Astronomers spot ‘missing link’ black hole – not too big and not too small
WASHINGTON (Reuters) – Scientists have detected a mid-size black hole – considered the “missing link” in the understanding of these celestial brutes – eviscerating an unfortunate star that strayed too close.
A cosmic homicide in action, with a wayward star being shredded by the intense gravitational pull of a black hole that contains tens of thousands of solar masses in an artist’s impression obtained by Reuters April 2, 2020. NASA-ESA/D. Player/Handout via REUTERS.
Using data from the Hubble Space Telescope and two X-ray observatories, the researchers determined that this black hole is more than 50,000 times the mass of our sun and located 740 million light years from Earth in a dwarf galaxy, one containing far fewer stars than our Milky Way.
Black holes are extraordinarily dense objects possessing gravitational pulls so powerful that not even light can escape.
This is one of the few “intermediate-mass” black holes ever identified, being far smaller than the supermassive black holes that reside at the center of large galaxies but far larger than so-called stellar-mass black holes formed by the collapse of massive individual stars.
“We confirmed that an object that we discovered originally back in 2010 is indeed an intermediate-mass black hole that ripped apart and swallowed a passing star,” said University of Toulouse astrophysicist Natalie Webb, a co-author of the study published this week in Astrophysical Journal Letters.
The star was probably roughly a third the mass of the sun, Webb said.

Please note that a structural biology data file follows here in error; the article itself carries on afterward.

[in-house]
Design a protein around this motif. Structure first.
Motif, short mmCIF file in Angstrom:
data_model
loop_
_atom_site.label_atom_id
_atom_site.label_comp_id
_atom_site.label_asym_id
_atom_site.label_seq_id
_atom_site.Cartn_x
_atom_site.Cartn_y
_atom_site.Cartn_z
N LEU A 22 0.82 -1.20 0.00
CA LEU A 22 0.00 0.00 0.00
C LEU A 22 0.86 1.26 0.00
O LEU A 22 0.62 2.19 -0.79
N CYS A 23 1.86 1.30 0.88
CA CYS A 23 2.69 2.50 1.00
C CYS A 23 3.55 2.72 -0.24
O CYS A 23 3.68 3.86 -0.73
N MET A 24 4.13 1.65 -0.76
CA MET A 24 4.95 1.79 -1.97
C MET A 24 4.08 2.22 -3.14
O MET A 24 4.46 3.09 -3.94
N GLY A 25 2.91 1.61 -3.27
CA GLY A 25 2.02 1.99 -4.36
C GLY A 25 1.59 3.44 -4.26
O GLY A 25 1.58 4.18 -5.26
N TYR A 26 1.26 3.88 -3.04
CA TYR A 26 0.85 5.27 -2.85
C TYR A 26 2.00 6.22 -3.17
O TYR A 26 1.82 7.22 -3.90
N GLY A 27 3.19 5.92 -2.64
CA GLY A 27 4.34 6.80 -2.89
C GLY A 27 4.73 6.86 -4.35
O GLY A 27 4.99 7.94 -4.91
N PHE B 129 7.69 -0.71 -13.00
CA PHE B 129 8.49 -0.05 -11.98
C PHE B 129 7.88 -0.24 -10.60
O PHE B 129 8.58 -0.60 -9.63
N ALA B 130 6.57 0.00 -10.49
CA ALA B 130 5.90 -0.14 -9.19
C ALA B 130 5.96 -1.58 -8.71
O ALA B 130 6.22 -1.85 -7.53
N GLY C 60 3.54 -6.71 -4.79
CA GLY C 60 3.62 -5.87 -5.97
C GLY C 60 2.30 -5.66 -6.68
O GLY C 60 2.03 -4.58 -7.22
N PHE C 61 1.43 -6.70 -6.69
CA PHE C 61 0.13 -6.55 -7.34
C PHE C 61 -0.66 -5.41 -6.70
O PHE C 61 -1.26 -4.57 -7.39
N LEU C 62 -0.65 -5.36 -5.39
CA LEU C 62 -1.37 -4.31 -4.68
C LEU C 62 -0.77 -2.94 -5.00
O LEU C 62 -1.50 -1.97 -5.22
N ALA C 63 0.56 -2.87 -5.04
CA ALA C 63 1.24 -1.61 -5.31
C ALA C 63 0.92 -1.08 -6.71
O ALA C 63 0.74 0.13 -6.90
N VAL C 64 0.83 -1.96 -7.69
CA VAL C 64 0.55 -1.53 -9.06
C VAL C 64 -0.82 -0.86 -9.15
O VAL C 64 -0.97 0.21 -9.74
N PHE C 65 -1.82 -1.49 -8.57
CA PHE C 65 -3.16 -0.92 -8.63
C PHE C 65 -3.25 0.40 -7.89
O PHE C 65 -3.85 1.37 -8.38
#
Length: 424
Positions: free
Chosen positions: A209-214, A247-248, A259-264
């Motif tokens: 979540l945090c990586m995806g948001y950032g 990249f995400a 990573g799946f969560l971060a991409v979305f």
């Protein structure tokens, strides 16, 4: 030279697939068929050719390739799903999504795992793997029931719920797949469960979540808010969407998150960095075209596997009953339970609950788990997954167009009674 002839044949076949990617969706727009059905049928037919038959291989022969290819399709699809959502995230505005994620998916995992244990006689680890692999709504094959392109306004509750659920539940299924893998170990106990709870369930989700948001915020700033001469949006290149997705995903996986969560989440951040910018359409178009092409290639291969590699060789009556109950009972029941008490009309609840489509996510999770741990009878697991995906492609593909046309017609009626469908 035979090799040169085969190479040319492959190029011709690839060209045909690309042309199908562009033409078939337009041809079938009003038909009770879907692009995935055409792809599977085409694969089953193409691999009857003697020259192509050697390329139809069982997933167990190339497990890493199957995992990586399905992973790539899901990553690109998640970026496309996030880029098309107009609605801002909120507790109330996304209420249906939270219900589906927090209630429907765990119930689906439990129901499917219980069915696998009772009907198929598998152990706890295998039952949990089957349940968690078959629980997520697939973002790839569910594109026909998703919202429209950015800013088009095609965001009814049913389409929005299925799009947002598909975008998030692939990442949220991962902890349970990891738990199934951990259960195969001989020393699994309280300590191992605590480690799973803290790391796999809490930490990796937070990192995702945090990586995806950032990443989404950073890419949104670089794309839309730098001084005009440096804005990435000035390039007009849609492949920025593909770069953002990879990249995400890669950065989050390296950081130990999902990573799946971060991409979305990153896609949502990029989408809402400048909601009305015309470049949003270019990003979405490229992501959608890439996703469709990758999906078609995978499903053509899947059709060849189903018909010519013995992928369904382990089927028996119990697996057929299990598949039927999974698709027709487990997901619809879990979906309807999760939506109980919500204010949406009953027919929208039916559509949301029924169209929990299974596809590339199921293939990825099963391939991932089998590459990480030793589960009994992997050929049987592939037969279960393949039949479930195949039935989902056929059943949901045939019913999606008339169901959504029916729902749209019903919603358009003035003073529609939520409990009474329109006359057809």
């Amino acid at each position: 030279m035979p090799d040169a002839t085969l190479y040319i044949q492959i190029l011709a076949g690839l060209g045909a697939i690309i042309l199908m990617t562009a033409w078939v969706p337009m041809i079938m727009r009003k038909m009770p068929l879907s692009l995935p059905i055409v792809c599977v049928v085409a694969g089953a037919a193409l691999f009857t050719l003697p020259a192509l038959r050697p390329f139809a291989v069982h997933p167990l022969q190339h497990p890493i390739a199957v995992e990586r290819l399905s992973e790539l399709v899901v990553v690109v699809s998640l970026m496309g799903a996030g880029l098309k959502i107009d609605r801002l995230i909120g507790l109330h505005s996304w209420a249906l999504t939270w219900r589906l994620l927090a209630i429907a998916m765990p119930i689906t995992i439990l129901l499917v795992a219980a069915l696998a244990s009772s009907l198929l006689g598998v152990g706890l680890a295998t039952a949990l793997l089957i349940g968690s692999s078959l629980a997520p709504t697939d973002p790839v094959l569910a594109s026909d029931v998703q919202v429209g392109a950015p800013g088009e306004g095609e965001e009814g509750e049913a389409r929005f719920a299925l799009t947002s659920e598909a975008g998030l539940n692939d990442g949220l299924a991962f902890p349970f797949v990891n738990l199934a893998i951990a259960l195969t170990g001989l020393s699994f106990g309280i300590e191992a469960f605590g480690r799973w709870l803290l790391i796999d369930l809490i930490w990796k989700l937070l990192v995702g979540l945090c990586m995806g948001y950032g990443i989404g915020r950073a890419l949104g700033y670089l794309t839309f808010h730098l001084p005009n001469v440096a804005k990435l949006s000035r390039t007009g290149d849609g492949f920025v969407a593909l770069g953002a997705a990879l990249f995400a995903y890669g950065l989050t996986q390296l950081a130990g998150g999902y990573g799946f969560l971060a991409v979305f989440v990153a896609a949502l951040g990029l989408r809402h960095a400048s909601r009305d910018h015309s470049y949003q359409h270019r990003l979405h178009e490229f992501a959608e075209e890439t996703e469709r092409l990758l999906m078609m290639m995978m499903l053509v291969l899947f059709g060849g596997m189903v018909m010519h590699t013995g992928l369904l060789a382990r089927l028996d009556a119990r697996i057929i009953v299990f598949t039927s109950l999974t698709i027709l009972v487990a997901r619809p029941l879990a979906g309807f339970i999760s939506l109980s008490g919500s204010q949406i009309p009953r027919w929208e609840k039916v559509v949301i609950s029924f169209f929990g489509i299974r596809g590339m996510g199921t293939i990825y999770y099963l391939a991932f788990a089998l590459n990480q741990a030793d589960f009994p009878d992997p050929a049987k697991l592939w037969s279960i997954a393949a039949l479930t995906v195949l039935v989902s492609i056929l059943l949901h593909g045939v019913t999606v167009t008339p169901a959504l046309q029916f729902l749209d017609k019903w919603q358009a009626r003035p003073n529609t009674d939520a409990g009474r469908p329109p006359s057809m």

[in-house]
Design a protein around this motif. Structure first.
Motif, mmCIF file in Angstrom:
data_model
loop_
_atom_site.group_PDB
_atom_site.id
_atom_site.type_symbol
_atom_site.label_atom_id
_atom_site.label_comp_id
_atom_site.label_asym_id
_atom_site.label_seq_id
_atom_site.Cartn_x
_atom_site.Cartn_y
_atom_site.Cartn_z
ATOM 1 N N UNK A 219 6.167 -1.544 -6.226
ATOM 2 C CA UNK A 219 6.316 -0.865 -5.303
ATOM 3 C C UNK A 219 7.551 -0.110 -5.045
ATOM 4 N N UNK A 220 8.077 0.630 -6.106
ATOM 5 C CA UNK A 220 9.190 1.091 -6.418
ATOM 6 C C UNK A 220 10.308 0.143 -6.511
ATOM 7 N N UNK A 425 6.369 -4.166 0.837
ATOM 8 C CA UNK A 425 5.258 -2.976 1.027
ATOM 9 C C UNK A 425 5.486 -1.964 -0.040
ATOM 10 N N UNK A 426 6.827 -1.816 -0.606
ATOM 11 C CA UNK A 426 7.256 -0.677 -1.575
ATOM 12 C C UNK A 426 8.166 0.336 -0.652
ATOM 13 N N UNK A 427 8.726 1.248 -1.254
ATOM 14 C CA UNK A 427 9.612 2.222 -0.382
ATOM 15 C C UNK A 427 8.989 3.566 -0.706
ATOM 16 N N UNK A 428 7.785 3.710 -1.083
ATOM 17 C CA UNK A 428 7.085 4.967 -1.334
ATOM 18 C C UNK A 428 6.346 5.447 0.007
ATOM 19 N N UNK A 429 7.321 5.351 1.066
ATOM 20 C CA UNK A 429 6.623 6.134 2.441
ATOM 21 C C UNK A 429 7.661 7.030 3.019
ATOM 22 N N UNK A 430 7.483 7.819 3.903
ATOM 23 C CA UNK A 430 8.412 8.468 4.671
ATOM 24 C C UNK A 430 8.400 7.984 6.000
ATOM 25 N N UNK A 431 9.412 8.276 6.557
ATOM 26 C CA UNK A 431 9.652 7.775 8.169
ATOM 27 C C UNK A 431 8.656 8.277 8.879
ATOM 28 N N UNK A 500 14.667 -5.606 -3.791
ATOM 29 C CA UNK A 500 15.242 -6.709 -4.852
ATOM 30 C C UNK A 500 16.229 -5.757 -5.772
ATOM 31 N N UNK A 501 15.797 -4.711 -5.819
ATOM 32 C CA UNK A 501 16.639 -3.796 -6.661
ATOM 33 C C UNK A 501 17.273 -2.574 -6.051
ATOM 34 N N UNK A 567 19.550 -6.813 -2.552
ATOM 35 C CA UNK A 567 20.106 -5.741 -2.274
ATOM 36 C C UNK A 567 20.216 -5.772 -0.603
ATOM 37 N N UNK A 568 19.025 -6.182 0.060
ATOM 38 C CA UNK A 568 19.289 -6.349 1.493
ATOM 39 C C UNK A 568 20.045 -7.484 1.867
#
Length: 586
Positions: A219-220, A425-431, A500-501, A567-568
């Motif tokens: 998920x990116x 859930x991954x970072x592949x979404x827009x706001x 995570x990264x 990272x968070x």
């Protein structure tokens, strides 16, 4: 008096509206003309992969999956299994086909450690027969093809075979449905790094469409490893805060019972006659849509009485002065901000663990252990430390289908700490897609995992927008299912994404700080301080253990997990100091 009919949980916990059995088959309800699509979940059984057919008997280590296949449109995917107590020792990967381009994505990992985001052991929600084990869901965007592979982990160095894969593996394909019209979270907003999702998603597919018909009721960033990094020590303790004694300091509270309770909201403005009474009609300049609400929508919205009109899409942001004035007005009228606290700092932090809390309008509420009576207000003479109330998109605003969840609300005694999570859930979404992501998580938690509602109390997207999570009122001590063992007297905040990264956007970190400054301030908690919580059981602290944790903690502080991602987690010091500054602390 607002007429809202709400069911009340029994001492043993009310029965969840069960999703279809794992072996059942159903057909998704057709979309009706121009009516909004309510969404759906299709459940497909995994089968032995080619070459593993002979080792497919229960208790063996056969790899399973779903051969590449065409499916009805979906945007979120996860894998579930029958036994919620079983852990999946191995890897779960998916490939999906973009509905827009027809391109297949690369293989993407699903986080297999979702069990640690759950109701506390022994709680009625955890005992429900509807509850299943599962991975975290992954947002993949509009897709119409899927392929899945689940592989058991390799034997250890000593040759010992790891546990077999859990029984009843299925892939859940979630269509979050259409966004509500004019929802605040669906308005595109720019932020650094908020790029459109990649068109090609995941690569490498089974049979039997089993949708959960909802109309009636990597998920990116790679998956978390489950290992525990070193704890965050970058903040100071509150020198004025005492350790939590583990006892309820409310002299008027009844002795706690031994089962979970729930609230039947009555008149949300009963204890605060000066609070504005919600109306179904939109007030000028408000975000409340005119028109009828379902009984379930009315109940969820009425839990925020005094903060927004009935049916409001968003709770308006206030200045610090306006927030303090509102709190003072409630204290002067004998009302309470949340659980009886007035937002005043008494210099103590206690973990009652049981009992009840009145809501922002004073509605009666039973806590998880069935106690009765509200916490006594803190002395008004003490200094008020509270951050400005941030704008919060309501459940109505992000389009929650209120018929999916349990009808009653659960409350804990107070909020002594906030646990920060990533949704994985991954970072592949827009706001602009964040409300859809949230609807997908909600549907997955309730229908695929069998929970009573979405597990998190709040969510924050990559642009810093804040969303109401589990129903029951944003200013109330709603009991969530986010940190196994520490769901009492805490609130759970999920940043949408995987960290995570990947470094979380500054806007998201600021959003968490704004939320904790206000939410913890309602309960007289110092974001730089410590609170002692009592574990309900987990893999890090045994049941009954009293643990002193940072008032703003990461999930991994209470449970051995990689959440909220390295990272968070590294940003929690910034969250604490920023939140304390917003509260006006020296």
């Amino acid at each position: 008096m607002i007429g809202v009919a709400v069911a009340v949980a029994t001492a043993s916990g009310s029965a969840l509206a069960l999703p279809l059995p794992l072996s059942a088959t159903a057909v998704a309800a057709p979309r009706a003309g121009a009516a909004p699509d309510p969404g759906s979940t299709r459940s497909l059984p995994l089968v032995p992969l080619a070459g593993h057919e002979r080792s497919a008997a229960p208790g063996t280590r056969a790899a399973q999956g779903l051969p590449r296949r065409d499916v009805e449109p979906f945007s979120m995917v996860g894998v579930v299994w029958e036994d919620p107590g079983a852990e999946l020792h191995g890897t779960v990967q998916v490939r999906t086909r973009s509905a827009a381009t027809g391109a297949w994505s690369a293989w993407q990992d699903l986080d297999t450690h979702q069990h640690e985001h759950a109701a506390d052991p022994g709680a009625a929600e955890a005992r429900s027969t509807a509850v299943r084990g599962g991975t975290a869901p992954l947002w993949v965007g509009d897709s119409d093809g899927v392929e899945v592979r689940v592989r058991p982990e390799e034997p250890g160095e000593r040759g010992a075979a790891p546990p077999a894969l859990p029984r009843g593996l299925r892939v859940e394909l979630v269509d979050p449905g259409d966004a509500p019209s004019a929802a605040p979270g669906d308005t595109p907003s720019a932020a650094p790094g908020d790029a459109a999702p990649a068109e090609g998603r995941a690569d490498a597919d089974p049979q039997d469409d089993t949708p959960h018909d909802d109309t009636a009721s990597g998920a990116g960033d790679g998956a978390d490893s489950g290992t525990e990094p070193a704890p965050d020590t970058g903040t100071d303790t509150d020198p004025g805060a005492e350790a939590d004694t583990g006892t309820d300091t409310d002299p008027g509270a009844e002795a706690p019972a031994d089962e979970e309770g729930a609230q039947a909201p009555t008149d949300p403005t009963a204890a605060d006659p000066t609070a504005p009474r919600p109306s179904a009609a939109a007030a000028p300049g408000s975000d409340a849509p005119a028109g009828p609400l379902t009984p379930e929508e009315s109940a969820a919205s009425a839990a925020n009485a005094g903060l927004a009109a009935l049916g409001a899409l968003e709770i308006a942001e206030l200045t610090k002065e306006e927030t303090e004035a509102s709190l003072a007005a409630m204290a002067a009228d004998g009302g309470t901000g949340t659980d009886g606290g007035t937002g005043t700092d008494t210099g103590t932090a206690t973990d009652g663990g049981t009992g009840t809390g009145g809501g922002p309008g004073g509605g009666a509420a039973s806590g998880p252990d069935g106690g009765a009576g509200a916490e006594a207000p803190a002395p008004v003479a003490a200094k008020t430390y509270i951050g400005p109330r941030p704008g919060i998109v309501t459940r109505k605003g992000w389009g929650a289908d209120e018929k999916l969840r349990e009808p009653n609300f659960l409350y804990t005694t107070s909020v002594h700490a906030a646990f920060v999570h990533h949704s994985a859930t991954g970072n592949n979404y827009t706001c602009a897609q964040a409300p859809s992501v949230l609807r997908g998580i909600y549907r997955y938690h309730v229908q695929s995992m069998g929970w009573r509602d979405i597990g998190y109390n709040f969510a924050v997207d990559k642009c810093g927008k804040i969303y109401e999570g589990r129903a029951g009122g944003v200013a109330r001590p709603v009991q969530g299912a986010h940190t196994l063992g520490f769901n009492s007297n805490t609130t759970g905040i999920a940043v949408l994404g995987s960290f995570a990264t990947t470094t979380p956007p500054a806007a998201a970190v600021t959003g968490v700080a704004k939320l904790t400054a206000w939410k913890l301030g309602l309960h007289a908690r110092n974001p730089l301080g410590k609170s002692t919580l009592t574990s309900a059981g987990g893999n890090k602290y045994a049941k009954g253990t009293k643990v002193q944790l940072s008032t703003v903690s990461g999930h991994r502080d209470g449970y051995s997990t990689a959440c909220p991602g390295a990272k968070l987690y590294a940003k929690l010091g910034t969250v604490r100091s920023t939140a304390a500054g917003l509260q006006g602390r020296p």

Webb said scientists have searched for intermediate-mass black holes for four decades and fewer than 10 good examples are known, though large numbers may exist.
“So finding a new one is very significant. Also, a black hole swallowing a star happens on average only once every 10,000 years or so in any particular galaxy so these are rare occurrences,” Webb added.
The supermassive black hole at the center of the Milky Way is 4 million times the mass of the sun and located 26,000 light years from Earth. The closest stellar-mass black star is about 6,000 light years from Earth. A light year is the distance light travels in a year, 5.9 trillion miles (9.5 trillion km).
Webb called intermediate-mass black holes the “missing link” in understanding the range of black holes. Scientists know how stellar-mass black holes – roughly three to 100 times the mass of our sun – form. They do not know how intermediate-mass black holes form but suspect that supermassive black holes arise from their mid-size brethren.
“Without finding such objects, it was impossible to validate this theory,” Webb said.
Intermediate-mass black holes have remained elusive.
“The best explanation is that they are mostly in an environment that is devoid of gas, leaving the black holes with no material to consume and thus little radiation to emit – which in turn makes them extremely difficult to spot,” said University of New Hampshire astronomer and study lead author Dacheng Lin.
Reporting by Will Dunham; Editing by Sandra Maler